Dunlap glides toward a sustainable future, energy cost savings

BY ALLE CRAMPTON

TDEC Sustainable Practices

Dunlap, a town of around 5,000 people, is located in scenic Sequatchie County and is well known for both its historic coke ovens and hang-gliding.  Recently, the city entered into a contract with NORESCO, one of the largest U.S. energy services companies, to do some much-needed energy efficiency upgrades.

These upgrades include new LED street lighting for 130 street lights, high-efficiency LED interior and exterior lights at all city buildings, water meter upgrades, and solar arrays on the roofs of city buildings in nine locations. These projects are estimated to cost the city about $2.75 million, which includes the cost of new roofs to support the solar panels. Brian Stone of NORESCO said, “…it only makes sense to replace the aging roof of the city buildings before mounting the solar arrays on them, so they will not have to be disturbed at a later date.”

According to Dunlap’s Mayor Dwain Land, “NORESCO has guaranteed that these upgrades will pay for themselves” over a period of several years. The idea is for Dunlap to borrow the money, use it to finance the construction, and then use energy savings from the improvements to pay back the loan. According to NORESCO's calculations, the two roofs are the only part of the plan the city will have to pay for, about $500,000, out of their own fiscal resources.

The solar panels will be installed at city hall, the fire department, the police department, the city park, a 30,000 square-foot maintenance facility, a water treatment plant, a water lift station, a wastewater treatment plant, and a sewage lift station.

In a working session on Oct. 4, 2016, Stone pointed out to Mayor Land and the city commission that the city is already approved to sell electricity back to the Tennessee Valley Authority (TVA) for 25 years, at a locked-in "market value." Stone also pointed out that the income from the energy sold back to TVA would cover the expenses of these energy efficiency upgrades. Mayor Land said, “This is a deal that makes sense both for business and for the environment. It is a win-win situation, as it is good for Dunlap now and in the future. It is also good for the next mayor, and hopefully it starts a culture change here – where we think about the environment more.” Along with these energy efficiency upgrades, Mayor Land also aims to implement a curbside recycling program for about 3,000 homes, which will be free of charge to the residents. This program will be funded by the savings seen from the energy efficiency upgrades.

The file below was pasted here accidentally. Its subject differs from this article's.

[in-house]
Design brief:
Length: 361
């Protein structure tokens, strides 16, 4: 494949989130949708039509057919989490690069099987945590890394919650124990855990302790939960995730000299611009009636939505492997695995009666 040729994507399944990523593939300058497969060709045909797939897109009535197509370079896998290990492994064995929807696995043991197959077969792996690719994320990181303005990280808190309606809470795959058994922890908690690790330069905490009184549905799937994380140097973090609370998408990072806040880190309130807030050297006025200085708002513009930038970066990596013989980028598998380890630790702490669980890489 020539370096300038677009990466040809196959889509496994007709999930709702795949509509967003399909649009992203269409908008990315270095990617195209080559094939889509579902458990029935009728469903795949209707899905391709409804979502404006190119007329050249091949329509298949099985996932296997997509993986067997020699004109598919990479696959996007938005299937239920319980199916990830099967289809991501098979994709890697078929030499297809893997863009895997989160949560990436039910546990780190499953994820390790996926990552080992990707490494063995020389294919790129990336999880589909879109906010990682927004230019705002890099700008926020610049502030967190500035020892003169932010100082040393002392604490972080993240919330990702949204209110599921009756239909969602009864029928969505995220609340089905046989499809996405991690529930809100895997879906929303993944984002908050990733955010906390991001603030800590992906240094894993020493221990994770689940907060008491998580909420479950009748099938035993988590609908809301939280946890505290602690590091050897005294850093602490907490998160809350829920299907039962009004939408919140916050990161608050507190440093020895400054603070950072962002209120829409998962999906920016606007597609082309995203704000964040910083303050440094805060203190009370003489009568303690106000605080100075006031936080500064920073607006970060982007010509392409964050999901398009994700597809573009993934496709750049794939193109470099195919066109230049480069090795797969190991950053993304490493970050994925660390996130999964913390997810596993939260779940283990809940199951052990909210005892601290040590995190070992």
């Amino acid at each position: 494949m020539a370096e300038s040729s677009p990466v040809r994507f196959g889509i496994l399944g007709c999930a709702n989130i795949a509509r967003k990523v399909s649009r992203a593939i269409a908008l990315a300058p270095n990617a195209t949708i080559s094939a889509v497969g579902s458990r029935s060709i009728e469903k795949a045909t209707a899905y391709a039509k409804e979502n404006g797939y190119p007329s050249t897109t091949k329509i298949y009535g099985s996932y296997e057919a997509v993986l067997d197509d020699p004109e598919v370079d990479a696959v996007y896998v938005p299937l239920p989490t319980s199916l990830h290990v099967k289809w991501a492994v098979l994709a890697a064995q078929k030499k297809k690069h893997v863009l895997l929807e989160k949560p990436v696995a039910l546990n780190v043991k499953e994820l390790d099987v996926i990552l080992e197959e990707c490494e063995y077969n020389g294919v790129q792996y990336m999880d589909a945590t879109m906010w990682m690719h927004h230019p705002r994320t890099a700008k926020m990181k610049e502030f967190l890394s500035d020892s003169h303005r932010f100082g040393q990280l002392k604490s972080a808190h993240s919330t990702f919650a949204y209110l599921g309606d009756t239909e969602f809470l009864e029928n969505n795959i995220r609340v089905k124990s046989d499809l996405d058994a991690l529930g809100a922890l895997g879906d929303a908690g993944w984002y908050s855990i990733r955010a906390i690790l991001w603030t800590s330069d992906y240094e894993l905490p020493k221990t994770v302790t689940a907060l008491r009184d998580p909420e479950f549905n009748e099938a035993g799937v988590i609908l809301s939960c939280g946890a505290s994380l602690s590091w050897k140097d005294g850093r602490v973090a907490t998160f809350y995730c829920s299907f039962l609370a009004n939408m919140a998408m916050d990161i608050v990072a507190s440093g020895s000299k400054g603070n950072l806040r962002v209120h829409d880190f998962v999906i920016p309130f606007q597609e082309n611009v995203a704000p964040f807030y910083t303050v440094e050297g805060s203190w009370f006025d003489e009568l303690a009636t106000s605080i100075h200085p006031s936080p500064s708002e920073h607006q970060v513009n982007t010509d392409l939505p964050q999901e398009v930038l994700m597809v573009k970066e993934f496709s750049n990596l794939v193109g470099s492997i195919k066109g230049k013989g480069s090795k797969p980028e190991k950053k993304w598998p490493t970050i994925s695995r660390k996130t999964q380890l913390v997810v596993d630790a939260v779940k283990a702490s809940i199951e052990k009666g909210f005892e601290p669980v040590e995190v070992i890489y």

Mayor Land and his staff have been very active about going after grants. Since 2010, Dunlap has received over $5.2 million in grant funding. These funds were used for various large projects, including streetscape and greenway projects, a housing rehabilitation in 2013, and a storm water project in 2016. Dunlap also focuses on small-scale changes. The city’s National Guard facility was even awarded a Clean Tennessee Energy Grant from the Tennessee Department of Environment and Conservation’s (TDEC) Office of Sustainable Practices for energy efficiency upgrades to the potable water heater.

In July 2014, the Tennessee Department of Transportation (TDOT) awarded a grant of $591,141 for the second phase of the Coops Creek Greenway project. Mayor Land announced in July 2016  that TDOT again awarded the city grant funds of almost $1 million for more streetscape improvements. Together, these funds will finance the construction of walkways connecting Harris Park to Coops Creek Trail and a walkway crossing Rankin Avenue near Coops Creek Bridge. The plans for the city's greenways and streetscape project will eventually create a path that loops through the city.

Also in 2016, Dunlap received a $500,000 Local Park and Recreation grant from TDEC, which goes toward Phase II of the development of Harris Park. This grant will help fund a new splash pad, restrooms, a family pavilion, and a civic plaza space that could host additional community events like a farmers market. “These developments will help Harris Park continue to be a popular area for residents and others outside the community,” TDEC Commissioner Bob Martineau said. “We’re grateful to be able to help fund these projects, which will pay dividends for our communities now and in the future.”

It takes hard work and determination to secure grants and other funding, but Dunlap is striving towards sustainability, beatification, and continual improvement. Through all of these efforts, the city is definitely setting some great examples that other towns and cities in Tennessee can look up to.